Using a nickel catalyst with hydrocarbons to make fatty acids

May 4, 2017
by Bob Yirka, report
Artist's conception of nickel transforming hydrocarbons into fatty acids. Cooler temperatures make nickel insert CO2 closer to the end of the chain. Credit: © Ramón Andrade.

(—A team of researchers with the Barcelona Institute of Science and Technology has developed a way to make fatty acids using a nickel catalyst along with hydrocarbons. In their paper published in the journal Nature, the group describes their technique and the uses to which it might be put. Matthew Gaunt and Patrick Williamson with the University of Cambridge offer a News & Views piece on the work done by the team in the same journal issue.

Fatty acids are used to make a wide variety of products, from plastics to soaps, rubber, drugs and food. They are long-chain compounds which are generally easy to make from animal lipids. But the end results typically have differing chain lengths, which requires purifying. Current processes used to make them generally suffer from several factors that can drive up costs, such as the creation of hazardous byproducts and the need for precious metals. In this new effort, the researchers have found a way to use and hydrocarbons (isomeric alkenes) to produce single in highly specific ways.

The involves using a that can be made to "walk" along a hydrocarbon chain, allowing for carbon dioxide to be incorporated at a desired reaction site. The two-step process begins with exposing the alkenes to hydrobromic acid, which adds bromine and hydrogen atoms across the carbon-to-carbon bond. The second part involves inserting a into the carbon-bromine bond, which results in the formation of a carbon-nickel bond. The interactions that follow allow for the nickel to be walked along the chain until it reaches a spot where no interactions are occurring. The bond then reacts with carbon dioxide to form a single carboxylic acid product. The team notes that varying the temperature at which the reaction occurs allows for controlling how the reaction plays out including reversing the chain migration direction.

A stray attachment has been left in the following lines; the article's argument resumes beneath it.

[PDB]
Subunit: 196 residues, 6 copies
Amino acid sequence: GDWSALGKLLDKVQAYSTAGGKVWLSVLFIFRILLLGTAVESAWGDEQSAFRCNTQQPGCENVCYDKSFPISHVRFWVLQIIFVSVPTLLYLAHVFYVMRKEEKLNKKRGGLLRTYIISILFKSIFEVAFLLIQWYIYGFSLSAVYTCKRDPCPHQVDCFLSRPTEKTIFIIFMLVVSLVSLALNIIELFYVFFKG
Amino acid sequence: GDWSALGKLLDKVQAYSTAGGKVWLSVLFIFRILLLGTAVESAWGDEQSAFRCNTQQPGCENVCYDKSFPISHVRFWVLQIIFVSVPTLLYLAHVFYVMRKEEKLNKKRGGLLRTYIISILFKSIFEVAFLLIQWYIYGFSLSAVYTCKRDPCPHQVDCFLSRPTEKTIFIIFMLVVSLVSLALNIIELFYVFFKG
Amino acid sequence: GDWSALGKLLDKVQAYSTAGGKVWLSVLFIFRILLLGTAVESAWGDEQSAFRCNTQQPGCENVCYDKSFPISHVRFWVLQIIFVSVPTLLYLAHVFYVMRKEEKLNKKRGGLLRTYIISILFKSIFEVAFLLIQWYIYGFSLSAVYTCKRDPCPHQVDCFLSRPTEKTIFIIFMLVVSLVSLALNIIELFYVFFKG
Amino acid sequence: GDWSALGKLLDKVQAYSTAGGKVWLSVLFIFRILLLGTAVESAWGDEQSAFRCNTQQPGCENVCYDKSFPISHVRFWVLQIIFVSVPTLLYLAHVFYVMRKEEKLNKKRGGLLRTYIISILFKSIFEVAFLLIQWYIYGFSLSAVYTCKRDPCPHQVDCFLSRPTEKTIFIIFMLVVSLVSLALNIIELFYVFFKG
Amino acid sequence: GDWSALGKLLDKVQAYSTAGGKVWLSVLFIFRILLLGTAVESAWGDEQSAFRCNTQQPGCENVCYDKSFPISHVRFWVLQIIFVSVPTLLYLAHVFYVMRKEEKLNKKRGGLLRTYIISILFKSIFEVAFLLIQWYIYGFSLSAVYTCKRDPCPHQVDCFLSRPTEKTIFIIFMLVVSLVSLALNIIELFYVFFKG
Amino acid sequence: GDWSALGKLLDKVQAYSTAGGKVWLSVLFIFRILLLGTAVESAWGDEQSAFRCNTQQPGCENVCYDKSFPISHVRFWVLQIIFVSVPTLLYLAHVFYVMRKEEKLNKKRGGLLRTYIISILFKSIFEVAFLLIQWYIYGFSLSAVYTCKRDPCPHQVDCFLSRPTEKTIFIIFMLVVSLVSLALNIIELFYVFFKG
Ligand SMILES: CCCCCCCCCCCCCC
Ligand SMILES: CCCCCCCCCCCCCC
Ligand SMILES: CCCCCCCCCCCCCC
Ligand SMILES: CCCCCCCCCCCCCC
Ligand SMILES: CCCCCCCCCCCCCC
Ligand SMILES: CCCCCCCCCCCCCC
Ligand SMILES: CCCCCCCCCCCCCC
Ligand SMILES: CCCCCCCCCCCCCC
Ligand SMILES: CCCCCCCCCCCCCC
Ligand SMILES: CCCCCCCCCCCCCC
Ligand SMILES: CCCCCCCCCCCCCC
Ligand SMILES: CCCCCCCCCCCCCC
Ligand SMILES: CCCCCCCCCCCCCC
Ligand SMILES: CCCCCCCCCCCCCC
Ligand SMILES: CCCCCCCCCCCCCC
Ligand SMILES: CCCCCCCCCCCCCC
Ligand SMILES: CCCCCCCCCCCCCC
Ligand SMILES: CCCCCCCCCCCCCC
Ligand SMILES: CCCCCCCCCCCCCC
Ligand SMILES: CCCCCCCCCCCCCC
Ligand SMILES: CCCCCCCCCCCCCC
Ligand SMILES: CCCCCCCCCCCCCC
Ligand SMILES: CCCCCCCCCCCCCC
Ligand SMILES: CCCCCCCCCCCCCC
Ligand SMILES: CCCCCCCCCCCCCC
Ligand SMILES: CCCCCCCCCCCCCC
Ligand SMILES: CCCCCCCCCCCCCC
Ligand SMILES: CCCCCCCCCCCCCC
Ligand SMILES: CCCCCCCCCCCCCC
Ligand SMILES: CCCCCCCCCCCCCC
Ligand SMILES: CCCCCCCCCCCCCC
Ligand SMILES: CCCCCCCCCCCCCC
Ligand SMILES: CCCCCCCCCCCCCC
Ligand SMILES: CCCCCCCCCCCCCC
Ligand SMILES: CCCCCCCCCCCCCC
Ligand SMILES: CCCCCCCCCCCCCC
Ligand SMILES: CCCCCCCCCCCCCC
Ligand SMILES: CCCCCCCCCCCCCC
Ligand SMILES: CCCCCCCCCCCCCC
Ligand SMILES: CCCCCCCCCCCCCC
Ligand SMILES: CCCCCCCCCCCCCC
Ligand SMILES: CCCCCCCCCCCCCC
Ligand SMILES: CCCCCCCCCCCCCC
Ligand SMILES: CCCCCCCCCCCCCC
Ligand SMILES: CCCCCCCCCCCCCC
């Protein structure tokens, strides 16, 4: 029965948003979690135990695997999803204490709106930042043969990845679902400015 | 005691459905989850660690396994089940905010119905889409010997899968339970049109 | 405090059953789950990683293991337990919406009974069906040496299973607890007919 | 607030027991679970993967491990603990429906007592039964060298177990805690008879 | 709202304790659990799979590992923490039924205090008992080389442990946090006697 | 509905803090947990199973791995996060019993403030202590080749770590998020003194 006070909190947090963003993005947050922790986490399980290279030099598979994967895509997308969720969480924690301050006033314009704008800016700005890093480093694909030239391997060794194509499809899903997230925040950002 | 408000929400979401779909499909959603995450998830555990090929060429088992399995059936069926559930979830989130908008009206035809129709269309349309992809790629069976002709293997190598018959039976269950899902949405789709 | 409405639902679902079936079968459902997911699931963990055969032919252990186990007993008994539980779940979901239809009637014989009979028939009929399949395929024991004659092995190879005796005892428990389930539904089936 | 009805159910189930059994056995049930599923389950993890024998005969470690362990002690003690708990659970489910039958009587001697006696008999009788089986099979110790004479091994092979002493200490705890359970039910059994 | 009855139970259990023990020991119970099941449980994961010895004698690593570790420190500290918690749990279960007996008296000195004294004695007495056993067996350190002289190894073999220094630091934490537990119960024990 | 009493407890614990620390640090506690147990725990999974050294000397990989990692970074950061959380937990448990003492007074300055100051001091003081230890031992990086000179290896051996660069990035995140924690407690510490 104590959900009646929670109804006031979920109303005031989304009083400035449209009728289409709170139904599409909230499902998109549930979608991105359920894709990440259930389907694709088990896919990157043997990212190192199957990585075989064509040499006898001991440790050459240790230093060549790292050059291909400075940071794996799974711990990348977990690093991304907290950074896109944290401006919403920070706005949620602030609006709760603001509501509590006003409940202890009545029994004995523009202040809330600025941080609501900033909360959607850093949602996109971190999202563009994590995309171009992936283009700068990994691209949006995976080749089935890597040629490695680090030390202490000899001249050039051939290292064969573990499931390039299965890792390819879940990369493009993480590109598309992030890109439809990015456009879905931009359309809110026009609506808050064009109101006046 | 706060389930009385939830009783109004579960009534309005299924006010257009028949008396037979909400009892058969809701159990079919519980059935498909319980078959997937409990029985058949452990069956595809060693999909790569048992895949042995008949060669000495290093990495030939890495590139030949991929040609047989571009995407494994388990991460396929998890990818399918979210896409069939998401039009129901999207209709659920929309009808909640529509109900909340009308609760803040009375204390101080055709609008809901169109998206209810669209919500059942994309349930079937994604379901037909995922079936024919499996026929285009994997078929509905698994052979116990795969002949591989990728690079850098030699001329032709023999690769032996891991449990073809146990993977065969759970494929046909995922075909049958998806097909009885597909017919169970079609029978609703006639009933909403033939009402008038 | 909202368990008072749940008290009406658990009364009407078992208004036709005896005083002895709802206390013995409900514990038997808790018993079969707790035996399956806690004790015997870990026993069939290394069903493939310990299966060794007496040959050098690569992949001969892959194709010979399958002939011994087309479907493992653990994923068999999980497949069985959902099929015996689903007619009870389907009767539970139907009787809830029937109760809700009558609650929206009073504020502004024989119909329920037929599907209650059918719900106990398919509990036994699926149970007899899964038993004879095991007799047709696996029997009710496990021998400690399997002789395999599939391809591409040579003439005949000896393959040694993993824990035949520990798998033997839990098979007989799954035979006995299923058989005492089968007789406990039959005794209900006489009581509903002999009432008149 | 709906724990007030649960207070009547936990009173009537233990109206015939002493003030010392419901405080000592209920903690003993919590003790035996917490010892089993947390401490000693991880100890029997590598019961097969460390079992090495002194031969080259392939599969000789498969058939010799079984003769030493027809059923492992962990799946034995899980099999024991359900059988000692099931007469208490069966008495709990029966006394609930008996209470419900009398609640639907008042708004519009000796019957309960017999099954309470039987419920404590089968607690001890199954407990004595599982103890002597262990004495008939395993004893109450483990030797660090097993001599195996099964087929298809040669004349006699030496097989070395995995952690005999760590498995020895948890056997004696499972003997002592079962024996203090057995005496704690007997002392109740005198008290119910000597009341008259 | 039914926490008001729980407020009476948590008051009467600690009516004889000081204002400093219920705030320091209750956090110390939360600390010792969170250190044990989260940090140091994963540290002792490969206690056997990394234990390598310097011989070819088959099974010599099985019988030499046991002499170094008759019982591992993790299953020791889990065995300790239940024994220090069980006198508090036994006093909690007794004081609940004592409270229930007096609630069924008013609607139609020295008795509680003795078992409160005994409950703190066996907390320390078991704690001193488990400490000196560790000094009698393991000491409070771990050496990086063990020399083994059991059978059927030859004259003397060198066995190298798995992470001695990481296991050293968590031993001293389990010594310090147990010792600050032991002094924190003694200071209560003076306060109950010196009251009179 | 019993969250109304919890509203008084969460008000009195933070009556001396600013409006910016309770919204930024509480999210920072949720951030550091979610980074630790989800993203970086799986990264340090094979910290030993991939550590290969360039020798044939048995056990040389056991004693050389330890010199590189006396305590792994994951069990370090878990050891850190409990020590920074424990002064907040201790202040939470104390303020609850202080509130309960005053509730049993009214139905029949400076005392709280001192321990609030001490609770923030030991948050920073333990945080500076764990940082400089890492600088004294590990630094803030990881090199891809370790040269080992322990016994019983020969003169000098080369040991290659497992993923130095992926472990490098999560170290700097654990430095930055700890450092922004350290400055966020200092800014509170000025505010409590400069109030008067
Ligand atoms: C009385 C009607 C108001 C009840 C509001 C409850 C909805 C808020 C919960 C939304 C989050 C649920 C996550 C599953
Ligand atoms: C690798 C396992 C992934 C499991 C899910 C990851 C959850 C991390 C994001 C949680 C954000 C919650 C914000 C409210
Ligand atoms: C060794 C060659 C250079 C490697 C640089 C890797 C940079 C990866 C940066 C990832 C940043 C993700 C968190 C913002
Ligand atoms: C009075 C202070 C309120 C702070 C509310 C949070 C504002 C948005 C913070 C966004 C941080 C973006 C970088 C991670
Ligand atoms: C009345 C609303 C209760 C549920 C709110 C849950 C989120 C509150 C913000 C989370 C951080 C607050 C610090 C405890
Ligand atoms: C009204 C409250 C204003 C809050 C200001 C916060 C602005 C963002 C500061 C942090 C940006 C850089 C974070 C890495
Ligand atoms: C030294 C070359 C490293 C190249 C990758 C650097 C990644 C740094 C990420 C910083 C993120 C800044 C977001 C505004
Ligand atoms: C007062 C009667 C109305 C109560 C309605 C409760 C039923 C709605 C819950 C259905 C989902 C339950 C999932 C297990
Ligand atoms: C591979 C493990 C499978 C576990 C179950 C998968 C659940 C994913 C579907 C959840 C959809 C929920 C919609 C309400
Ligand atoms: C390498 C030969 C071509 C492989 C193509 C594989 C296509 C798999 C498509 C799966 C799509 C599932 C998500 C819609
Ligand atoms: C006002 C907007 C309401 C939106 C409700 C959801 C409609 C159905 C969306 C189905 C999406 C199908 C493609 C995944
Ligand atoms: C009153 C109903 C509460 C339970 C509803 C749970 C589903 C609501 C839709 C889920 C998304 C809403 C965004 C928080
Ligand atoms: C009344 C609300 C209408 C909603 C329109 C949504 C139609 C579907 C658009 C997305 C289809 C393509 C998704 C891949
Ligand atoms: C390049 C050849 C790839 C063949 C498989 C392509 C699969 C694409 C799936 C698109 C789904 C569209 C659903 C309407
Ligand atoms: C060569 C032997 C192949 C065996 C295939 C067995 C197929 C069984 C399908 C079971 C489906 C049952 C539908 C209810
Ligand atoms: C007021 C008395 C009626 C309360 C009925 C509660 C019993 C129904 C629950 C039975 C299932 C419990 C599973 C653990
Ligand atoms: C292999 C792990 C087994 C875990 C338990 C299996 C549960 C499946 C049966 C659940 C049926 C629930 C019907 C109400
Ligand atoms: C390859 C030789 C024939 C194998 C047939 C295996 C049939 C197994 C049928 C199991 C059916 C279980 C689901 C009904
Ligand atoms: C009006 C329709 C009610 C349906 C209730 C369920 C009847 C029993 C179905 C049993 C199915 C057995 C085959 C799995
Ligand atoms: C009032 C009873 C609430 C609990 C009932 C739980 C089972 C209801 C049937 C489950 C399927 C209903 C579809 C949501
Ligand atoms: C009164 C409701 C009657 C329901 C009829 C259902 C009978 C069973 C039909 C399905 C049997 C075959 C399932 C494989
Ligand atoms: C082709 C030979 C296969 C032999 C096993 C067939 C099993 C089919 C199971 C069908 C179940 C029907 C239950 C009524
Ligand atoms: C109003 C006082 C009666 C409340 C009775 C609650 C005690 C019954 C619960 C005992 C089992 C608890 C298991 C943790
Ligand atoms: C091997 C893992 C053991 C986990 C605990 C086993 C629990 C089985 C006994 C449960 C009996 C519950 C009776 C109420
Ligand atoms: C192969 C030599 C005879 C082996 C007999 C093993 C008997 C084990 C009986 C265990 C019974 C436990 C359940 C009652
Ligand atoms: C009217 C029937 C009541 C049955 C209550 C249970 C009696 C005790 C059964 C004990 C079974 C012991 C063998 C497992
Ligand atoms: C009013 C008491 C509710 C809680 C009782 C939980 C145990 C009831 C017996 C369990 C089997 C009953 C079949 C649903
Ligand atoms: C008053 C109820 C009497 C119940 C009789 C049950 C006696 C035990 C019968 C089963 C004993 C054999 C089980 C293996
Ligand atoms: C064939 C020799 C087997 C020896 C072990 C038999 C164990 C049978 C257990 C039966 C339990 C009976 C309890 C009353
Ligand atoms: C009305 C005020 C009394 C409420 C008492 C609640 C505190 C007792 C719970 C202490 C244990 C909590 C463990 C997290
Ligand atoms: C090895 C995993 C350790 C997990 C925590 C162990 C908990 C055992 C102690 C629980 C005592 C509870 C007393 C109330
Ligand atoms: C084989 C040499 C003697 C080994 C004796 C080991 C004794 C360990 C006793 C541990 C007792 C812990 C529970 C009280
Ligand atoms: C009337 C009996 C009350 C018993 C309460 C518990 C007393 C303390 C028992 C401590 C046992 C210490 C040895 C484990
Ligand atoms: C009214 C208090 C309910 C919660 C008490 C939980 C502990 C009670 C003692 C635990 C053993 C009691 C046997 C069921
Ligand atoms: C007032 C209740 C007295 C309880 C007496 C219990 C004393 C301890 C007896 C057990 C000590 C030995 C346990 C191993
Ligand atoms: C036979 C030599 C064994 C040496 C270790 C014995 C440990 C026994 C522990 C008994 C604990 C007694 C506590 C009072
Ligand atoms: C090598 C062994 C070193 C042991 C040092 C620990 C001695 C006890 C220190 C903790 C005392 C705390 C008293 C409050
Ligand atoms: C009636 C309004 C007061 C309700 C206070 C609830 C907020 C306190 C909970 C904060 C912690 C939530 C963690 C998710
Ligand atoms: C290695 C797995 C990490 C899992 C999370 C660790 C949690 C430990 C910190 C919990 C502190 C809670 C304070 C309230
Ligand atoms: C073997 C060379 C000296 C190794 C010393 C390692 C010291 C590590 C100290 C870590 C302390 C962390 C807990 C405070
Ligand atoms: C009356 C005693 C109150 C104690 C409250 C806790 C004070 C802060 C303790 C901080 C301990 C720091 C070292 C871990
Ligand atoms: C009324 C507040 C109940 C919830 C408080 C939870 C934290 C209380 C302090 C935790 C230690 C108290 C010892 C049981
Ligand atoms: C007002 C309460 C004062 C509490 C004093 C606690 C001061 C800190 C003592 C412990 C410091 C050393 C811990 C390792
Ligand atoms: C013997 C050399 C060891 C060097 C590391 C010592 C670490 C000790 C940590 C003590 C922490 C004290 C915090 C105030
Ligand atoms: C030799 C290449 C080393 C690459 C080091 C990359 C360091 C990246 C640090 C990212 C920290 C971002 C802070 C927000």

Toni Moragas (left) and Francisco Juliá observe the green nickel catalyst. Credit: ICIQ

The advantage of the new technique is that it allows for using readily available materials and opens the door to the possibility of finding reagents other than carbon dioxide that could be used in similar reactions to create products made from alkenes.

More information: Francisco Juliá-Hernández et al. Remote carboxylation of halogenated aliphatic hydrocarbons with carbon dioxide, Nature (2017). DOI: 10.1038/nature22316

Catalytic carbon–carbon bond formation has enabled the streamlining of synthetic routes when assembling complex molecules. It is particularly important when incorporating saturated hydrocarbons, which are common motifs in petrochemicals and biologically relevant molecules. However, cross-coupling methods that involve alkyl electrophiles result in catalytic bond formation only at specific and previously functionalized sites. Here we describe a catalytic method that is capable of promoting carboxylation reactions at remote and unfunctionalized aliphatic sites with carbon dioxide at atmospheric pressure. The reaction occurs via selective migration of the catalyst along the hydrocarbon side-chain with excellent regio- and chemoselectivity, representing a remarkable reactivity relay when compared with classical cross-coupling reactions. Our results demonstrate that site-selectivity can be switched and controlled, enabling the functionalization of less-reactive positions in the presence of a priori more reactive ones. Furthermore, we show that raw materials obtained in bulk from petroleum processing, such as alkanes and unrefined mixtures of olefins, can be used as substrates. This offers an opportunity to integrate a catalytic platform en route to valuable fatty acids by transforming petroleum-derived feedstocks directly.

Press release

© 2017

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